Every Autumn, I see piles of tree leaves waiting for the city trucks to come along and suck them up, to be carried off to the municipal compost pile. Hopefully they aren’t going to the landfill.
But if you’re a gardener, I sincerely hope that you’re saving those tree leaves for your garden. They can be used as mulch or compost and are an important source of nutrients for your soil.
According to The Rodale Book Of Composting: “Leaves are a valuable compostable and mulch material. Because tr ees have extensive root systems, they draw nutrients up from deep within the subsoil. Much of this mineral bounty is passed into the leaves, making them a superior garden resource. Pound for pound, the leaves of most trees contain twice the mineral content of manure. The considerable fiber content of leaves aids in improving the aeration and crumb structure of most soils.”
Composted tree leaves and similar organic material are excellent for lowering the pH of alkaline soil.
To use the tree leaves as mulch, chop them up with a lawn mower or shredder (because whole leaves tend to mat together), and then leave them weather in the open air for a few months. Chopping your organic material into fine pieces helps it decay much, much faster than leaving it whole. Leave them outdoors for a few months, because leaves contain growth-inhibiting phenols that should be allowed to leach away before they’re used.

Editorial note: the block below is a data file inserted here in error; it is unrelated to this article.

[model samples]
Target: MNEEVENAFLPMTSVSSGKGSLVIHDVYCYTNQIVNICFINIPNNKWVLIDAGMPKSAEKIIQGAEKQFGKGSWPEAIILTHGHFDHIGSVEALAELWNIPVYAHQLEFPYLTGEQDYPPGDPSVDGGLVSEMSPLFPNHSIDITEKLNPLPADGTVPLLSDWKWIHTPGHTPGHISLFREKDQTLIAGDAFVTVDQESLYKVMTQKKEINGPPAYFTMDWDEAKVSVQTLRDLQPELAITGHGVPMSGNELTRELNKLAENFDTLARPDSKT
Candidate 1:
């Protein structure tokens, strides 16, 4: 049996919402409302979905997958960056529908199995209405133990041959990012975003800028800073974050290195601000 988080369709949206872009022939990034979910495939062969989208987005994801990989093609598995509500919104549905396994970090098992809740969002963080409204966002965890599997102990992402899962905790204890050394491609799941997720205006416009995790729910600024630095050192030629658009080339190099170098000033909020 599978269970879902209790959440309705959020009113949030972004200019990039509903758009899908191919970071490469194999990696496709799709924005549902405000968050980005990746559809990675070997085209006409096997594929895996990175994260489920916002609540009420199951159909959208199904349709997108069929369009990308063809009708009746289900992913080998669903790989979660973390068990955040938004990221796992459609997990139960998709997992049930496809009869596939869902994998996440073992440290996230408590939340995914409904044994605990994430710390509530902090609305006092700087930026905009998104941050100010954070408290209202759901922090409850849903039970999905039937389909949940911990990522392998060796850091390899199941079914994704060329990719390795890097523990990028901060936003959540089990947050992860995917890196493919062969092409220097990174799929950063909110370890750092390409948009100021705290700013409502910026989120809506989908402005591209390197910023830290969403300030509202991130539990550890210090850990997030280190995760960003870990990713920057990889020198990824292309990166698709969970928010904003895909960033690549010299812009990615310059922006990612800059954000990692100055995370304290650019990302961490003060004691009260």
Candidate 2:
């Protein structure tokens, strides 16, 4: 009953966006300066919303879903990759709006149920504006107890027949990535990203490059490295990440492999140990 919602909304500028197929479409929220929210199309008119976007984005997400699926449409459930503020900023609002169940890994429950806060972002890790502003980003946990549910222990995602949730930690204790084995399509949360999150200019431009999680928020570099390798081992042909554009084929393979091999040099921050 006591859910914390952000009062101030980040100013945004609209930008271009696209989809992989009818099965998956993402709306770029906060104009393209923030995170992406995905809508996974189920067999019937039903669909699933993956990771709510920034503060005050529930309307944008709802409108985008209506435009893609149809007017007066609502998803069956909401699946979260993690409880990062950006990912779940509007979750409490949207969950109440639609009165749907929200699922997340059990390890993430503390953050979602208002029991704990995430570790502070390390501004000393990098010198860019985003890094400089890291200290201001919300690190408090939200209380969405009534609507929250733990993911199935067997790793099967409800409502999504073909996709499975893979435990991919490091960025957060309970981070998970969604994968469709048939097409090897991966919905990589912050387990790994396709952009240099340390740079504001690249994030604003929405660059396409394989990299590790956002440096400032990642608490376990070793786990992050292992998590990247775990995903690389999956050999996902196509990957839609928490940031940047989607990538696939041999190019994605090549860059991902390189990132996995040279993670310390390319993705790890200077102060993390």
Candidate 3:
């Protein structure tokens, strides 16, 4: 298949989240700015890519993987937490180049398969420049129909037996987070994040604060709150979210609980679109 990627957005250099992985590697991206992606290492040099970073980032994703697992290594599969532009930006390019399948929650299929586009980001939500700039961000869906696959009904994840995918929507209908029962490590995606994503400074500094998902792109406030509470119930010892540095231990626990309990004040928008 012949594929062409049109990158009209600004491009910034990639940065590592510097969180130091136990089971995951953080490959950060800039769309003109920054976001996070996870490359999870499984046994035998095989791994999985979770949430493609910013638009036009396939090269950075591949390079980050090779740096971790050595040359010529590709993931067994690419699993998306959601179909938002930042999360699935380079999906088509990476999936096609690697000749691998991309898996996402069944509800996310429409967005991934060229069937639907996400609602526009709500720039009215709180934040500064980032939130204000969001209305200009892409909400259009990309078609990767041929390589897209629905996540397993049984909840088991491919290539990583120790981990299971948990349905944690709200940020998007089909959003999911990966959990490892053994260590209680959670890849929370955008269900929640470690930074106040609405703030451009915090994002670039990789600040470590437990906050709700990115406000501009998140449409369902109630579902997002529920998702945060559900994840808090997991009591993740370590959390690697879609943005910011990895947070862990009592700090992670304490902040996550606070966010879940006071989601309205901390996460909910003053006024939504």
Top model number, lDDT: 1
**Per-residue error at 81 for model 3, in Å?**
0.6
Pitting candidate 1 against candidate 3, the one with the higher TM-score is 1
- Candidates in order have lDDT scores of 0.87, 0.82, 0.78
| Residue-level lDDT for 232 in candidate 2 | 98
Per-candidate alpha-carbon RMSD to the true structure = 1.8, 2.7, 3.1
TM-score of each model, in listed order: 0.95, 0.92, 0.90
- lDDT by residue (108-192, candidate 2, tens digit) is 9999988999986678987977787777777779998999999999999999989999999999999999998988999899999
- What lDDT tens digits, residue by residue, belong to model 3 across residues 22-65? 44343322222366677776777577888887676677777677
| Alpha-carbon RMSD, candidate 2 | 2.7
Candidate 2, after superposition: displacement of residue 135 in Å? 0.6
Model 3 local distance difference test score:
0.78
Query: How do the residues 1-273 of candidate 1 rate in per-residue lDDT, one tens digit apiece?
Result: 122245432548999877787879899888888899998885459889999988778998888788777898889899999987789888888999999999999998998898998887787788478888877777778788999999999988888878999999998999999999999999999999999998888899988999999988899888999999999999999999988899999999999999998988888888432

Make Leaf Mold
You can also make leaf mold, which is extremely nutritious for your plants. Leaf mold is the end product of tree leaves decomposing in a moist environment, primarily by fungi. You know the thick, dark material that grows under the fresh leaves on the forest floor? That’s leaf mold.
To make leaf mold, rake your leaves into a pile and water them down. Then let them sit for two or three years. Yes, years. It’s probably a good idea to put them in a compost bin of some sort so they won’t blow away. Turn them once in awhile to make sure that anaerobic bacteria doesn’t build up and create a putrid smell.
But the simplest thing to do with those tree leaves is to shred them and throw them into your compost pile along with high nitrogen material (leaves are very low in nitrogen and will break down very slowly). Mix the leaves with kitchen scraps, grass clippings, manure, blood meal, etc. If your garden is fallow over the winter, work them into the soil now so they’ll decompose over the winter and early spring.
Rake ’em up and compost ’em! Don’t let those tree leaves go to waste.